How to Be Happy at Redeemer

The term “church shopping” is high on my list of odious phrases. It denotes a consumer mindset and suggests that you should not settle in a community of believers until you find the perfect match. Since perfect matches do not exist in the realm of community any more than they do in the realm of romance, this is an endeavor doomed to produce restless, unsatisfied congregants.

That said, believers do need to belong to a community where they share the doctrine, vision, and philosophy of ministry held by that local body. Further, they need to be able to respect and support their leaders, who are “keeping watch over their souls” (Hebrews 13:17). It is therefore important that any prospective new member of a local church (or even a fully assimilated long-time member, for that matter) be cognizant of the core values of the body with which they are affiliating/ed.

Redeemer was founded on the principle that “we are not a church for ourselves, but for people who don’t like church.” From the very first days until now, 24 years later, that commitment has been the foundation beneath all of Redeemer’s priorities. We have never sought to gather those who already believe, or take people away from other churches, but to address the secular, skeptical New Yorker who would ordinarily not attend church.

Because of this foundational commitment, God has given Redeemer the rare gift of being able to communicate the gospel plausibly and persuasively to people in the most difficult to reach demographic in the country. But this comes with a price. It means that we must always remind ourselves that we inside the churchare not to put our own likes, dislikes, priorities and personal agendas ahead of the needs of those outside the church. This is difficult to the point of being nearly impossible, as the needs and desires of members (for programs and budget and training and attention from leaders) will always be more visible and voluble than the needs of people who aren’t even there and mostly are unable to articulate their spiritual needs.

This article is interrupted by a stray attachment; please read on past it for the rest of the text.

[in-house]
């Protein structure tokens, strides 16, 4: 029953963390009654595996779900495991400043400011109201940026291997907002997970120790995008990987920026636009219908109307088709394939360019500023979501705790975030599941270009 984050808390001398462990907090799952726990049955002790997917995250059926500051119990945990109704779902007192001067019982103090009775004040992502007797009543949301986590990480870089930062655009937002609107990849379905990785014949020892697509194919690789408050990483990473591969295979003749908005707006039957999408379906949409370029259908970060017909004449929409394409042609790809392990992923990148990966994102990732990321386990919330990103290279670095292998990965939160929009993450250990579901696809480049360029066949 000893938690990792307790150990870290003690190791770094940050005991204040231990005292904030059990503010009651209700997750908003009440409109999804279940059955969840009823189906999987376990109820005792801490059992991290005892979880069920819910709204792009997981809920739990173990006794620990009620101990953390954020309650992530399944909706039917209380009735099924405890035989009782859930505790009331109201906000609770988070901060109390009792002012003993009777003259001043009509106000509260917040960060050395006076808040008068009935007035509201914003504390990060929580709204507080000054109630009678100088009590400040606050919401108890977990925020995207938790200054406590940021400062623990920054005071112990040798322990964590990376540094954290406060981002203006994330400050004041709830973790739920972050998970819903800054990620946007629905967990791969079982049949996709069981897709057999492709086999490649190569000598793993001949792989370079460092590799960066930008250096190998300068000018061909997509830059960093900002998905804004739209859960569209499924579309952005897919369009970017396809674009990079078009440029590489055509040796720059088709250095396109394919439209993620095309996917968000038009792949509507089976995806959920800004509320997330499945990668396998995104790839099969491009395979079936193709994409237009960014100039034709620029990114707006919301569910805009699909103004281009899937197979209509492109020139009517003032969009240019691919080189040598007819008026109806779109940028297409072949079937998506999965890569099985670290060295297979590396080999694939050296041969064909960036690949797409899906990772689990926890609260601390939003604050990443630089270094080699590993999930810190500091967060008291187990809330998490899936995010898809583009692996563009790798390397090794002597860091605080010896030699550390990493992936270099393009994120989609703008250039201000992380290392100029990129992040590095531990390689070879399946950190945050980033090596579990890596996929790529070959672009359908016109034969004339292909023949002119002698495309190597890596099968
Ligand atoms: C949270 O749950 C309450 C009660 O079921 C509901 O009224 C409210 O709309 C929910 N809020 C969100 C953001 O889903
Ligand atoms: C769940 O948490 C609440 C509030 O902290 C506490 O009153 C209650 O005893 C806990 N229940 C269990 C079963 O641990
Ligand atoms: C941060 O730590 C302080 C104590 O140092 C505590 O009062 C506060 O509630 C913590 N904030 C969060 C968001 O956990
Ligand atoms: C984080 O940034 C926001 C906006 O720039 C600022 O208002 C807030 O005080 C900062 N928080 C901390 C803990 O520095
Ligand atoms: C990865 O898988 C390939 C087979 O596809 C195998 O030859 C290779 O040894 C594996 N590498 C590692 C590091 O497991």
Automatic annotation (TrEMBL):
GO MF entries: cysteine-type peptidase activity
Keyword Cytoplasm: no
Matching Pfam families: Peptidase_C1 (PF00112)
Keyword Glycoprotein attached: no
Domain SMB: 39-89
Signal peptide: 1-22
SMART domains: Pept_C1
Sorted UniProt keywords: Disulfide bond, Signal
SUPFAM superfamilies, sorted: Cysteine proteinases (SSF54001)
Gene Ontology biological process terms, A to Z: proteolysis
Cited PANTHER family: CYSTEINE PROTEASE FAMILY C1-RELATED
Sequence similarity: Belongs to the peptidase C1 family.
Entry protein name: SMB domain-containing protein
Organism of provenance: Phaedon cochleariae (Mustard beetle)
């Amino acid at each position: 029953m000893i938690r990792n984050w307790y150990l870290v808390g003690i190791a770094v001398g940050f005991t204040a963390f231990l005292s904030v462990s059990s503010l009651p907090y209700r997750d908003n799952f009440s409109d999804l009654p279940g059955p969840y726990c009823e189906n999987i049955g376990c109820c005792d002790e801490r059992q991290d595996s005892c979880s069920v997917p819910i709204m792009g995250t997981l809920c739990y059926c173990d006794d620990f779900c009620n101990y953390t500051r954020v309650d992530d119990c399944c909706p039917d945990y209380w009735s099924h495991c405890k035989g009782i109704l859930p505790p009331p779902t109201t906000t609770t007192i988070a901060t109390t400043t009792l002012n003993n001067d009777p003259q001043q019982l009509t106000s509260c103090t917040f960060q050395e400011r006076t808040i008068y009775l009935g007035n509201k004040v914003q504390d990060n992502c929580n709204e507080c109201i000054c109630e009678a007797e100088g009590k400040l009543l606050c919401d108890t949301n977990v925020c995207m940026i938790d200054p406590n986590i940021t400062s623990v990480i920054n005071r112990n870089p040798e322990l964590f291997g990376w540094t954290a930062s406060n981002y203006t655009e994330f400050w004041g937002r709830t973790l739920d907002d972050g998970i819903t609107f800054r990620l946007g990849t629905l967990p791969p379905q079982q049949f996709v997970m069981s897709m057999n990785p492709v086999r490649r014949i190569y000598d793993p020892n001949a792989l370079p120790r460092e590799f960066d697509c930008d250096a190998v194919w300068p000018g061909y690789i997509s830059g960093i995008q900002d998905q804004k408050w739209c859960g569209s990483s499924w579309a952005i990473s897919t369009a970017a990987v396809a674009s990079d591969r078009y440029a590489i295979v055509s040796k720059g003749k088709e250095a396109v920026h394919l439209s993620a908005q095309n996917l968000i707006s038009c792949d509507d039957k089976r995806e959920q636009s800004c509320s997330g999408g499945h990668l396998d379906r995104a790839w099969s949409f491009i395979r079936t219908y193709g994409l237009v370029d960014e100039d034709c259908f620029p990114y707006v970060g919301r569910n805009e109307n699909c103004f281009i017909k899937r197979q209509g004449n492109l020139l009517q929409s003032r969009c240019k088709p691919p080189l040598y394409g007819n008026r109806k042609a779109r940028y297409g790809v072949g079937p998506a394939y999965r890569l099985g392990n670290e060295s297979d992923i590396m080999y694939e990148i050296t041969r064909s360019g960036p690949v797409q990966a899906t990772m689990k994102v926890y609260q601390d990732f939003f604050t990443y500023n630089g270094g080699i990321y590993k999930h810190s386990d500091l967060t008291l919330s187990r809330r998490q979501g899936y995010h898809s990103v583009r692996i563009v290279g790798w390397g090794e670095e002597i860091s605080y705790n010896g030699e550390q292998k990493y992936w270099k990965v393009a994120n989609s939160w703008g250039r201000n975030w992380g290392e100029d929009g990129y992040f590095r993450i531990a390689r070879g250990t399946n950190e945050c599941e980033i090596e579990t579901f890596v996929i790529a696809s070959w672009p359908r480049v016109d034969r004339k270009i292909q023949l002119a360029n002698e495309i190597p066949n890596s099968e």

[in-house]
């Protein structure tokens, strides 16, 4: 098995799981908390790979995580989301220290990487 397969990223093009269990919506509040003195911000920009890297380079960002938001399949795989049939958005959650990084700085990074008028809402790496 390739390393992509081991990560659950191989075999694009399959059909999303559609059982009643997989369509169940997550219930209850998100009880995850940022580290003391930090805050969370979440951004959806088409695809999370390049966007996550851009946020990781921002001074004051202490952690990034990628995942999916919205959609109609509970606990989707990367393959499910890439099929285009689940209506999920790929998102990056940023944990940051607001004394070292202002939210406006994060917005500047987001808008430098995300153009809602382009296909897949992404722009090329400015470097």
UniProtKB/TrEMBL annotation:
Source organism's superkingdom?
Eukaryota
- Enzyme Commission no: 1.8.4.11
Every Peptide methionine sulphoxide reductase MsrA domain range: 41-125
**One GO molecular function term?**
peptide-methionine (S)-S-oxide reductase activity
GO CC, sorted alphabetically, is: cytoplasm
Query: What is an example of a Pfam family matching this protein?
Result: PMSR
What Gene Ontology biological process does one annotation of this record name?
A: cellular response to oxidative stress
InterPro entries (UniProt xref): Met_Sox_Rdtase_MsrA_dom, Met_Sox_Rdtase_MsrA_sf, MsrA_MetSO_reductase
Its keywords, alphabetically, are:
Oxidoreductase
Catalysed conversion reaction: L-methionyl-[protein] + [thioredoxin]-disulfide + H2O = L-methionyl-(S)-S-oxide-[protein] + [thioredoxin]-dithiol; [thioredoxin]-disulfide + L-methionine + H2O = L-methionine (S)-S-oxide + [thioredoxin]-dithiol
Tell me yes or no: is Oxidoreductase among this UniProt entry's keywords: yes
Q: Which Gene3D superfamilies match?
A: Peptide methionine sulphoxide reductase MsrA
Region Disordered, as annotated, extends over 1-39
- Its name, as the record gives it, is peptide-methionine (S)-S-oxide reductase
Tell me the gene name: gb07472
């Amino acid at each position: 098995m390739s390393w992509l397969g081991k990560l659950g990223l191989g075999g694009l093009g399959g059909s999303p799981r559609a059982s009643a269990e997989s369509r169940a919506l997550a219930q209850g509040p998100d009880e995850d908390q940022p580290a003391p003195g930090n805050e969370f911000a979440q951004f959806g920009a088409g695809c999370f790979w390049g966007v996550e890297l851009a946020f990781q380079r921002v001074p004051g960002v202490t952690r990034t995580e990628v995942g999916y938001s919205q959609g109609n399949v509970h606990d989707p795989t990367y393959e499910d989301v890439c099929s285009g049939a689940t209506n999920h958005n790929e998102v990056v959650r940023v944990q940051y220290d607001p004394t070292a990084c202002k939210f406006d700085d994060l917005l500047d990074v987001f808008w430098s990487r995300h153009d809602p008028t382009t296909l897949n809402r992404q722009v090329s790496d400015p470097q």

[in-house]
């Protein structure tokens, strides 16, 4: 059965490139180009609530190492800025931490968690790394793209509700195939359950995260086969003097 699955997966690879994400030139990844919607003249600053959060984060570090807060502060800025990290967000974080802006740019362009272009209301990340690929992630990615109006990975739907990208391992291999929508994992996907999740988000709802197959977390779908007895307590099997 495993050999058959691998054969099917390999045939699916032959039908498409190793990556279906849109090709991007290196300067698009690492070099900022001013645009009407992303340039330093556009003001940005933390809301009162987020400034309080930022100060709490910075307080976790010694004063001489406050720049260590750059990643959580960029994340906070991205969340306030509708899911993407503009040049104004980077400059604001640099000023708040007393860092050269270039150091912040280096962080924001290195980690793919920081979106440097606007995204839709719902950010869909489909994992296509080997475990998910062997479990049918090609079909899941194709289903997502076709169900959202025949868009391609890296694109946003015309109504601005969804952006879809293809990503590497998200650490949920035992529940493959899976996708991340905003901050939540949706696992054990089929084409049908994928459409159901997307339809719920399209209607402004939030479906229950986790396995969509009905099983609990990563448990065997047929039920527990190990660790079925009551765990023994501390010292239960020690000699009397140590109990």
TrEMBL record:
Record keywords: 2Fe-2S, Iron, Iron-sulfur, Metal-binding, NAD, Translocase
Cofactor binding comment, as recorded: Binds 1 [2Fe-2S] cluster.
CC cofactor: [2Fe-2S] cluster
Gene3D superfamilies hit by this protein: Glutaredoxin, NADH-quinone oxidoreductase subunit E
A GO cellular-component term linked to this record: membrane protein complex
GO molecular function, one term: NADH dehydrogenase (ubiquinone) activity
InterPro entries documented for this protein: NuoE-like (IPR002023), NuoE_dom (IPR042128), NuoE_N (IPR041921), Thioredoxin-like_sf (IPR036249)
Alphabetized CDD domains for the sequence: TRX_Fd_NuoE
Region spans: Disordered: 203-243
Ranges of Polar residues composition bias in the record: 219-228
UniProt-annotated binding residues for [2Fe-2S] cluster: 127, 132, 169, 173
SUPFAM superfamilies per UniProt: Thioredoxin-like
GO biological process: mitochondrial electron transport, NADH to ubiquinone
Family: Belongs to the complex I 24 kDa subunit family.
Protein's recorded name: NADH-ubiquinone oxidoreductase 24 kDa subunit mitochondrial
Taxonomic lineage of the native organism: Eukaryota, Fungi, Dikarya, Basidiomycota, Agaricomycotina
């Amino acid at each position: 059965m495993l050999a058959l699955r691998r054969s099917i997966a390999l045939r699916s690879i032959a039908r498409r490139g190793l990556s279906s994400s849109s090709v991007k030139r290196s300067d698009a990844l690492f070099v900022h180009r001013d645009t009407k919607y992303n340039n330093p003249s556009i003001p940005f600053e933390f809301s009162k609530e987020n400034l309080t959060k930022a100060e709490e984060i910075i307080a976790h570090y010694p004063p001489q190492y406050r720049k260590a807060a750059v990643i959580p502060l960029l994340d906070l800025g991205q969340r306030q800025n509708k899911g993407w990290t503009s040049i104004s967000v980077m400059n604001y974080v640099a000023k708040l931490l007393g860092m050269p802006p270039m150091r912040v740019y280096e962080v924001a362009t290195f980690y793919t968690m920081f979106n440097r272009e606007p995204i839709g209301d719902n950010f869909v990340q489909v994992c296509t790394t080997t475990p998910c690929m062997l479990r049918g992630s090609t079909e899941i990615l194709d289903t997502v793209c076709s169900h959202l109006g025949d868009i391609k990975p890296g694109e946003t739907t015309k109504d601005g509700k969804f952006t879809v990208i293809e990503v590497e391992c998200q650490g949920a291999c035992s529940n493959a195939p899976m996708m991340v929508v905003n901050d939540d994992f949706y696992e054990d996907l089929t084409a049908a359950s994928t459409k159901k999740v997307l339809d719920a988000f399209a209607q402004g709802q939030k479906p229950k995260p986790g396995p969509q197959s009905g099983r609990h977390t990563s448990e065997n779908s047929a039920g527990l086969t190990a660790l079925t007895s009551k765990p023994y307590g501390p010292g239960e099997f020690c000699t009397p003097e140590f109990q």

Over the years I have talked to many, many people who have said, “Well, I don’t like the way Redeemer does________ (fill in the blank with “worship, music, children’s ministry, support groups,” or any number of things), but I know I can bring my unbelieving family, friends and co-workers here and they’ll hear the gospel in a way they won’t if I take them to the kind of church I like.”

The corollary, of that, friends, is that we must all be prepared to accept a certain level of dissatisfaction with some aspects of Redeemer, if those are the result of our outward-facing stance. In fact, you will only be happy at Redeemer if your first priority is not your own happiness, but the joy of seeing skeptical people encounter the gospel and be brought to new life in Christ. Compared to that we must consider our complaints about not having things all our way as insignificant.

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Articles in this Issue

Change and Grace: Part 1
Tim Keller
A Really Good Story
Amelia Peterson
Stories of Changed Lives Through Hope for New York
Autism and Your Church
Caroline Yoon
Marriage Checkup
Lauren Gill